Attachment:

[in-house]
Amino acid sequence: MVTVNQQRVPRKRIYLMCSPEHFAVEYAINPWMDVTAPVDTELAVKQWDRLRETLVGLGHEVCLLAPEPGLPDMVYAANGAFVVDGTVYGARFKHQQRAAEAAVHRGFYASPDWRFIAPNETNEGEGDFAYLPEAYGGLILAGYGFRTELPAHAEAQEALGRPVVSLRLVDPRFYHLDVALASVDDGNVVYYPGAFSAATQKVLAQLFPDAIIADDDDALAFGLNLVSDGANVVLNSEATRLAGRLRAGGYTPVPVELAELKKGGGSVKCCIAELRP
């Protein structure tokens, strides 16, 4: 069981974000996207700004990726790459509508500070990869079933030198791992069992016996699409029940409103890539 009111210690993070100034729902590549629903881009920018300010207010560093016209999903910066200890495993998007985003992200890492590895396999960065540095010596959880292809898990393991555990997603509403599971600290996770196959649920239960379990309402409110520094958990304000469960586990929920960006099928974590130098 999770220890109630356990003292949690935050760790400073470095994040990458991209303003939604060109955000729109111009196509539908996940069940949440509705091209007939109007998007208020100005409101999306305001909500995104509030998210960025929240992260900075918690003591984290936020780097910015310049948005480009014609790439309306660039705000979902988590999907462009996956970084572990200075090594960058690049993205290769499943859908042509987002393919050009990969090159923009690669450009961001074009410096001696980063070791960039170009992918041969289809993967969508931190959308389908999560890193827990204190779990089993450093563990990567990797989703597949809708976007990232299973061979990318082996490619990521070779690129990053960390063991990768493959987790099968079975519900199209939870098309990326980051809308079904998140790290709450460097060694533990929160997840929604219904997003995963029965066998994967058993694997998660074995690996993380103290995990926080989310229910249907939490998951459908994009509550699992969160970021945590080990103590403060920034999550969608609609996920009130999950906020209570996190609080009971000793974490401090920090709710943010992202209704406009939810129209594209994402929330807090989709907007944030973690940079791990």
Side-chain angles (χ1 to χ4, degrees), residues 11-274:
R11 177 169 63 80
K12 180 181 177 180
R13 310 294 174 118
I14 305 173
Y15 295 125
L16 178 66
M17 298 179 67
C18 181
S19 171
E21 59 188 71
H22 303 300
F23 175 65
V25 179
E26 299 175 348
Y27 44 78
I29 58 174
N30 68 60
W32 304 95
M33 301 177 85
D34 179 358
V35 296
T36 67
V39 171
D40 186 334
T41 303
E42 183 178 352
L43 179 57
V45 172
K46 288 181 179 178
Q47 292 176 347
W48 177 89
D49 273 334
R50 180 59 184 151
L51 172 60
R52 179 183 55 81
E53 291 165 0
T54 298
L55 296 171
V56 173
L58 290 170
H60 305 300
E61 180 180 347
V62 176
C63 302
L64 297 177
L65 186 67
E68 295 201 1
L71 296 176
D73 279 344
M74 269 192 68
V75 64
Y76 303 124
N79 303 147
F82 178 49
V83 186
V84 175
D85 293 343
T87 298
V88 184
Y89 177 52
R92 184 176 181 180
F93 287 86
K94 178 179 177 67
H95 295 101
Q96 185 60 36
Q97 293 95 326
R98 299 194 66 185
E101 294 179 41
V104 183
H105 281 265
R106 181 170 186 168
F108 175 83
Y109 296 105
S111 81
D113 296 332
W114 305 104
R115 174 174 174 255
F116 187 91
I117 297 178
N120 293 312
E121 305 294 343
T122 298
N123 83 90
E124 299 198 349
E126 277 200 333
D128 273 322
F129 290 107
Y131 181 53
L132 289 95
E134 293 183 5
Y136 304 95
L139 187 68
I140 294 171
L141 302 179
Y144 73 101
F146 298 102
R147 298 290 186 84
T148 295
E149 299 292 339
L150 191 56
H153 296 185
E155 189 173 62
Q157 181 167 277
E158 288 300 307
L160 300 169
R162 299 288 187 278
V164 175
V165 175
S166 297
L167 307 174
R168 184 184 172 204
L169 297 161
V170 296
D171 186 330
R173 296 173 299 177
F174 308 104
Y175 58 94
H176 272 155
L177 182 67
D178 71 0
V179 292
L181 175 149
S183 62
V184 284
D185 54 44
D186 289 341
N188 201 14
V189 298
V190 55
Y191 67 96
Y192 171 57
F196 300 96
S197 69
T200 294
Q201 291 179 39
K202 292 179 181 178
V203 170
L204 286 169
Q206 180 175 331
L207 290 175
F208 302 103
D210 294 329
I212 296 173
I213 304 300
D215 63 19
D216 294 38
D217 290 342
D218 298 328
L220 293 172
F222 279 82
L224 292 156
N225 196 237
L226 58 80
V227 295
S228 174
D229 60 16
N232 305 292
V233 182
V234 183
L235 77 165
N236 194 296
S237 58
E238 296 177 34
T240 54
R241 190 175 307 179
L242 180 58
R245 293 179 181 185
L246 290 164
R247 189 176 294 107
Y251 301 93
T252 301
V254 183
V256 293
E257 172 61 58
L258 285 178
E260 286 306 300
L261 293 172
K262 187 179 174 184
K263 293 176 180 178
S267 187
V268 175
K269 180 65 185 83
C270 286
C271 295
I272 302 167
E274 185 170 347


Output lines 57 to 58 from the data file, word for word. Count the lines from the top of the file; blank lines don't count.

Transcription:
N79 303 147
F82 178 49